There are many reasons why people travel the world. In most cases, it is for relaxation, getting away from it all, the hustle and bustle of the city and the stress at work. However, others simply wish to explore, get closer to traditions and cultures from all distant corners of the world. The main tourist attractions on the Globe are actually landscapes, beaches, seas, cities, castles, and museums. Although, every once in a while, some statues come to represent a nation.
There are certain statues in the world whose notoriety rivals with the most attractive tourist attractions. There are people who travel thousands of miles just to see these impressive sculptures for themselves, as they are wonders of the world in the true sense of the word. Most often, they are not exposed in museums, they are found in the most unexpected of places, on top of a mountain, on a small island, or in private collections that are rarely open to the public. They have come to represent the emblematic image of a region, city, or country. These valuable assets have a special place in their home country's national patrimony, and are well protected, so that tourists can see them and photograph them without actually touching them, thus preserving them. Direct contact between a tourist and such a statue is often regarded as sacrilege.
Alongside painting, sculpture is one of the most fabulous arts. No wonder the value of certain art works exceeds imagination. While paintings depict fantastic or real scenes, portraits or landscapes, sculptures have a deeper symbolical meaning. Standing as proof to mankind's artistic skills and talent, the statues on our list stunned the world not only with their size, either incredibly tall or amazingly small, but also with their jaw-dropping costs.
10 Christ the Redeemer, $3.5 million
Each year, around 1.8 million tourists travel to Rio de Janeiro to see the famous monument of Christ the Redemeer, who watches over the lovely beaches at Copacabana. The colossal statue is considered one of the many modern wonders of the world. Dominating Corcovado Mountain, the monument was finalized in 1931 in Paris and is the work of architect and engineer Heitor da Silva Costa. Constructions lasted ten whole years. Paradoxically, the price was much lower than the one paid for other colossal monuments in the world. In 1931, it cost around $250,000 to build. Nowadays, that would translate into $3.5 million.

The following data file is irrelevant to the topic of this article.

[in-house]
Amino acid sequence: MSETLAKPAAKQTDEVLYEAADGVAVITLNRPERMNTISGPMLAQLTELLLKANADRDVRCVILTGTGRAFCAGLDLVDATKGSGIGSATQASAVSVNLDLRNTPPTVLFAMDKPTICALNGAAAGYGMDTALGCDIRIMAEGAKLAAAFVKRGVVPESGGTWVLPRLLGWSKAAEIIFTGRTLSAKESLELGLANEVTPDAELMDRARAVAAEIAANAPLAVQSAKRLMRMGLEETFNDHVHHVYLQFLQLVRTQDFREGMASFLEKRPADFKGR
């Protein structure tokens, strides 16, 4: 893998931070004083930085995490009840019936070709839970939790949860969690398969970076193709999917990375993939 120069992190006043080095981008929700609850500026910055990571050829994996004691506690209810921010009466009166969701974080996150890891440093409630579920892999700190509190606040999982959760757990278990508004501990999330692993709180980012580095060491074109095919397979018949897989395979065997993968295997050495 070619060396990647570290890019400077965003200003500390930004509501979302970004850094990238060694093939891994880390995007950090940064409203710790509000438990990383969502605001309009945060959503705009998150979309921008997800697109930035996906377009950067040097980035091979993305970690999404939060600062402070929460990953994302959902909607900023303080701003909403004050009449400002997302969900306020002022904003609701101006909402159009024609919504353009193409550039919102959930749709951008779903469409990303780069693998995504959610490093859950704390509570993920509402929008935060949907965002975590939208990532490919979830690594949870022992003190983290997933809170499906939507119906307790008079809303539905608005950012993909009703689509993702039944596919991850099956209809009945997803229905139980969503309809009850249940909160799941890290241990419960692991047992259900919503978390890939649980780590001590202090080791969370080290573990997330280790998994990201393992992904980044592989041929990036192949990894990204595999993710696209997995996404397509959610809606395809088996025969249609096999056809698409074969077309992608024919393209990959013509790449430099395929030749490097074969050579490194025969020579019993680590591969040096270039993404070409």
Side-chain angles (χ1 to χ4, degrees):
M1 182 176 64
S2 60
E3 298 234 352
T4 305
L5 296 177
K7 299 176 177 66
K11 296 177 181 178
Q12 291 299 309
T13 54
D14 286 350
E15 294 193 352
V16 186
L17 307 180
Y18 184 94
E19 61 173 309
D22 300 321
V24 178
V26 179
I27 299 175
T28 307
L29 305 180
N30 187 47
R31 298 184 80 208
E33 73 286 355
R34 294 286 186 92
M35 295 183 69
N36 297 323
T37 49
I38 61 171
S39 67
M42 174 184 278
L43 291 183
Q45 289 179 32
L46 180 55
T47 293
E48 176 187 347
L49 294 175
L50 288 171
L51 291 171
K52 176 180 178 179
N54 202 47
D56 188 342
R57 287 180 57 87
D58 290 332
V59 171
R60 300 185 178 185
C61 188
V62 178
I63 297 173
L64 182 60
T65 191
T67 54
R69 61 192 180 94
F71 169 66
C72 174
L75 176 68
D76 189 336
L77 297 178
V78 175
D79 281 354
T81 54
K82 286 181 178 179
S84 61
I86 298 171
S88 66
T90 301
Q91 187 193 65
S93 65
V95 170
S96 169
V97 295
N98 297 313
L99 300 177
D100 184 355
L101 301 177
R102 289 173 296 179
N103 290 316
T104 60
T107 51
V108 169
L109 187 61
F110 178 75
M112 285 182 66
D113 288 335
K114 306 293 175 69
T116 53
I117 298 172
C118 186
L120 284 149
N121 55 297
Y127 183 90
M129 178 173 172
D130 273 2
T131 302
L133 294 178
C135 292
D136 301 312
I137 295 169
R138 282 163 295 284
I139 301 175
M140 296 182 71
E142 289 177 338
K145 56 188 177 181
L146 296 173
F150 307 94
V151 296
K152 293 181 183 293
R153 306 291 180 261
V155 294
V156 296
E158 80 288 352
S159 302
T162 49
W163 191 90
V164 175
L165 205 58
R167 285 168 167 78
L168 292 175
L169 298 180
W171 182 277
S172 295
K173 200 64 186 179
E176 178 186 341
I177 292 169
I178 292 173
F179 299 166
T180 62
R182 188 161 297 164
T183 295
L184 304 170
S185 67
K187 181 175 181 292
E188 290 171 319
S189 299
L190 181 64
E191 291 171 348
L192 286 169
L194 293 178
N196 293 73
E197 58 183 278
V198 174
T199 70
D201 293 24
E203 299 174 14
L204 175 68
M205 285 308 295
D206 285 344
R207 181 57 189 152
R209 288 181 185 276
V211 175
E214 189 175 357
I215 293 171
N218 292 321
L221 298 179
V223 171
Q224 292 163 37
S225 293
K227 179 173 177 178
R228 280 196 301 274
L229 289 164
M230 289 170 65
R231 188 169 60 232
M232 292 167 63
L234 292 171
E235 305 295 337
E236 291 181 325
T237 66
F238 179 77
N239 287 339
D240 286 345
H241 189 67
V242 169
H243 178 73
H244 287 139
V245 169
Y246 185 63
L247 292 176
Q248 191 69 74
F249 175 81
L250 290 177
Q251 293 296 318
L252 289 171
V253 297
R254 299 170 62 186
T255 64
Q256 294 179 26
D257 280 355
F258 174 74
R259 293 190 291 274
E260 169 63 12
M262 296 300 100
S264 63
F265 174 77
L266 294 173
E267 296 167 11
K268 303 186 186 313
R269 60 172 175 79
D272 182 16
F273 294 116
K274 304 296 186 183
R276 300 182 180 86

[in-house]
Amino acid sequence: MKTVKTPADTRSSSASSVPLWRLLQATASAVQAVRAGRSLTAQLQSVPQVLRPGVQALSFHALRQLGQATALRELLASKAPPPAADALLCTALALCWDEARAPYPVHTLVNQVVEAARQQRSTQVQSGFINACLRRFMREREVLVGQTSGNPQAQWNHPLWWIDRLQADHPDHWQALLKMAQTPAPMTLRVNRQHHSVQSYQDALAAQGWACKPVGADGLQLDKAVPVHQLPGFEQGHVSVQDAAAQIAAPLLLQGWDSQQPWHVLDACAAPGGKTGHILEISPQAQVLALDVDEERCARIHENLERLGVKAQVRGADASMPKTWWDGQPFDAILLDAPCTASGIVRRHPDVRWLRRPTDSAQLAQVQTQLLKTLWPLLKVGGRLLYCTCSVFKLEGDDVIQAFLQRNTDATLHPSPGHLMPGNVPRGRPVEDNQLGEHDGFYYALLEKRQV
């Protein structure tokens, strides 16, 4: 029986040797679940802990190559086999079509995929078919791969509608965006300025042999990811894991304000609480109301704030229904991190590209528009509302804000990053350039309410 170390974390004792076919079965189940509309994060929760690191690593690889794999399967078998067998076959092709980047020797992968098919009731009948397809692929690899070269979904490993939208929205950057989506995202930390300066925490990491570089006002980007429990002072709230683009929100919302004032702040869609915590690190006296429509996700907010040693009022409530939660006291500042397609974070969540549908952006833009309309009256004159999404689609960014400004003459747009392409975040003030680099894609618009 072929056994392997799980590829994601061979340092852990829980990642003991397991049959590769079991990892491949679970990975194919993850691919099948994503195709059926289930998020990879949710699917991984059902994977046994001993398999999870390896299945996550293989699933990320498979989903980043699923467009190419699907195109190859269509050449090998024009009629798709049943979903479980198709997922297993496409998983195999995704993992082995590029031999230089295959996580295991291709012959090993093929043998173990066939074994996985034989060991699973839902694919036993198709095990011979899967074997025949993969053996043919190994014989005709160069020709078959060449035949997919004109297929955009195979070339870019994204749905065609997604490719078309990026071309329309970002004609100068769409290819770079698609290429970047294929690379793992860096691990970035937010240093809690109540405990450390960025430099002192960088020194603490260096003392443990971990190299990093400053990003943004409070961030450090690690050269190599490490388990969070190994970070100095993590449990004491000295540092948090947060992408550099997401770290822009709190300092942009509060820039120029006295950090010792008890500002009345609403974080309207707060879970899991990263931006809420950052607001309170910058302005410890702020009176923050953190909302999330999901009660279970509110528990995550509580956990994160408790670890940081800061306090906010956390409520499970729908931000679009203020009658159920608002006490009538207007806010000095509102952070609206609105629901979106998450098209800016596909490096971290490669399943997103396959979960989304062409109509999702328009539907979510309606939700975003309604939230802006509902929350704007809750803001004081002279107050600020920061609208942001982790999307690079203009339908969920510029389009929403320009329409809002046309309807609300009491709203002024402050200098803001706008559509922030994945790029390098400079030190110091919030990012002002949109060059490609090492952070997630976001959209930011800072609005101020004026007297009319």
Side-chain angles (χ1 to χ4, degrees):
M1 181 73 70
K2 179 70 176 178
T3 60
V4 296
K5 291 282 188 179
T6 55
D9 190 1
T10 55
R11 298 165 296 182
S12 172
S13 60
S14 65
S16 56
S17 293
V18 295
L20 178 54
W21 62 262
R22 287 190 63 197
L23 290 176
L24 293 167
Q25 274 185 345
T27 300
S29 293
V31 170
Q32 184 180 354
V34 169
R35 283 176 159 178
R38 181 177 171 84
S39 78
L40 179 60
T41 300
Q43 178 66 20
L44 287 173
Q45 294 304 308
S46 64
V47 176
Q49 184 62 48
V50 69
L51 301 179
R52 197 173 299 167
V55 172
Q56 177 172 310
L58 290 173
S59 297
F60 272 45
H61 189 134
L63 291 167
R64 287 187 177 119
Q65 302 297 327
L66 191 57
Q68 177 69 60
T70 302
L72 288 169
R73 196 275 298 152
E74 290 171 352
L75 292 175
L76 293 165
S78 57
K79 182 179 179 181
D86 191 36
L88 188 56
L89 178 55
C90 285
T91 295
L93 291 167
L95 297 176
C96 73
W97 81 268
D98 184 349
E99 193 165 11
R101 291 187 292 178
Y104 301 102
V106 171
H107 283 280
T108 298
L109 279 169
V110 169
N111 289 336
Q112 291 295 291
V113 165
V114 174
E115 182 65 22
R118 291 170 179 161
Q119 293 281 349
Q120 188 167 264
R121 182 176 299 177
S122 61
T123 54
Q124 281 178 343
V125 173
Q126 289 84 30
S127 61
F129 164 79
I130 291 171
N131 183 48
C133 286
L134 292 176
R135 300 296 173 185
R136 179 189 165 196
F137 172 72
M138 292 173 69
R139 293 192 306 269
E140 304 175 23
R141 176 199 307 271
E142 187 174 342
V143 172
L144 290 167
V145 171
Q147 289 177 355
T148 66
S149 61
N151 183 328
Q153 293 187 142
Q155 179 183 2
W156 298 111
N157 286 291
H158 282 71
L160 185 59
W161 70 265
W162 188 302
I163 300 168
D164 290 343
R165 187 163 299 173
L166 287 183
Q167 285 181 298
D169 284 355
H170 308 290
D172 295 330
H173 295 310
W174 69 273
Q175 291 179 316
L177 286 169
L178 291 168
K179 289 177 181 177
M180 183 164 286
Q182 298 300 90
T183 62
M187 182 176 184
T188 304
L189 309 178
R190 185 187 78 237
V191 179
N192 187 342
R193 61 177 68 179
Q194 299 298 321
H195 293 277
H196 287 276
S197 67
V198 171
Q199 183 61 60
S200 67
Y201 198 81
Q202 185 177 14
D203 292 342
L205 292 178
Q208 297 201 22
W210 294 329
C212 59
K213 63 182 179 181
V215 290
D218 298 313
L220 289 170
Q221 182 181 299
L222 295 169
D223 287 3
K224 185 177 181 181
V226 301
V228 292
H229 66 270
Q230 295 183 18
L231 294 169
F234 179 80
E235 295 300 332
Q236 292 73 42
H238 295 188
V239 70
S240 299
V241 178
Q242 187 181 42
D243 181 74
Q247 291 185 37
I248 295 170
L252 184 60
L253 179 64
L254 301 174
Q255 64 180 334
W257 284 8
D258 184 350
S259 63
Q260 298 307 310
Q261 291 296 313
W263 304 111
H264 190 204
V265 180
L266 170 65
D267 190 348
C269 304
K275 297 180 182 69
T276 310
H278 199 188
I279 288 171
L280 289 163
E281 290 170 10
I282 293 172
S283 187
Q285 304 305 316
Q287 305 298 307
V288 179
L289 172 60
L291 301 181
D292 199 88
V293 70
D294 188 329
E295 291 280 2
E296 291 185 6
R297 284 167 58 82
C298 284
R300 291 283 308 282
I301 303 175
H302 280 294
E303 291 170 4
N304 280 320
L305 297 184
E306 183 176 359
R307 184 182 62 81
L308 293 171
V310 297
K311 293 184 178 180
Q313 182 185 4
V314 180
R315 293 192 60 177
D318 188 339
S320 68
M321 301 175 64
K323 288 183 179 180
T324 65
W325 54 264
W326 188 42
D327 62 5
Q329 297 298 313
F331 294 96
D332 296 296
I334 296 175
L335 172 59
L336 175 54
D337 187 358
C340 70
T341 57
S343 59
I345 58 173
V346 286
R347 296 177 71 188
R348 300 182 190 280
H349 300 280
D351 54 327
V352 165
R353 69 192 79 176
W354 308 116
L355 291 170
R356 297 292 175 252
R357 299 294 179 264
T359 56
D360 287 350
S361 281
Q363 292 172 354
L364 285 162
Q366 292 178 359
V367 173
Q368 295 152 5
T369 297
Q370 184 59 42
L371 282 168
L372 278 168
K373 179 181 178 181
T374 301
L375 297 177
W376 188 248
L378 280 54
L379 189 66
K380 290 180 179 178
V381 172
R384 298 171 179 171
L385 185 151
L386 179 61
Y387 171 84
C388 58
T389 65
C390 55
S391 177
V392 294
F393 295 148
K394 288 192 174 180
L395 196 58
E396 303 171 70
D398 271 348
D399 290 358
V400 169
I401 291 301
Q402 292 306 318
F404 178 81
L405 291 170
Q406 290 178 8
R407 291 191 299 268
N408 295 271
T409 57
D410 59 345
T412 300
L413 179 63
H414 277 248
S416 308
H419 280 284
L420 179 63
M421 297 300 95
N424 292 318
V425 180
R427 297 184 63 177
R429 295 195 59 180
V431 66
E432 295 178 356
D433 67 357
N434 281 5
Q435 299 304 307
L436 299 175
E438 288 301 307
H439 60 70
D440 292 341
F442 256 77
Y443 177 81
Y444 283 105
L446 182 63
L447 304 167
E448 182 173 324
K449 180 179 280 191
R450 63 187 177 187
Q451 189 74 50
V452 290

9 Madame L.R., $36.8 million
Sustaining the modernist art movement, Constantin Brancusi is a minimalist artist. Nevertheless, his work is always pleasant to the eye and quite appealing. Unlike the other statues on our list, Brancusi's work represents a conceptual purpose, rather than a narrative one. Madame L.R. was most likely sculpted sometime between 1914 and 1917. Previously owned by fashion designer Yves Saint Laurent, the 46 inch tall oak statue was sold in Paris in 2009 for $36.8 million.
8 The Statue of Liberty, $45 million
Renowned throughout the world, the Statue of Liberty does not require too much explanation. It is the symbol of freedom and democracy in the United States. It was made by the French and offered as a gift to the U.S. government to commemorate the 100th anniversary of American Independence. In fact, the Lady of Liberty holds the Declaration of Independence in her left hand, while in her right, she holds a torch symbolizing victory. Frederic Auguste Bartholdi is the sculptor behind this majestic statue, whose source of inspiration was the Colossus of Rhoses, dedicated to the God of Sun. Therefore, the Statue of Liberty has a crown with seven sun beams that correspond to the seven continents. The gigantic steel structure on which the statue was built was developed by none other than famous engineer Gustave Eiffel. At the time it was built, it cost around $250,000, money raised from the contributions of French people. The amount would be translated into $45 million nowadays. Weighing 225 tons, the Statue of Liberty was accepted by president Grover Cleveland on October, 28, 1886.
7 Tete, $52.6 million
Sculpted by Amedeo Modigliani between 1910 and 1912, Tete is the most expensive limestone statue ever sold. It was purchased on June 14, 2010 by an anonymous collector via a phone call. Literally meaning “the head,” the Tete depicts the face of a woman wearing a tribal mask, with her hair swept back. Modigliani's masterpiece is clearly inspired from African symbolism. The over 2 foot tall figure is an interesting blend of elements belonging to African culture, and the minimalist approach of Constantin Brancusi.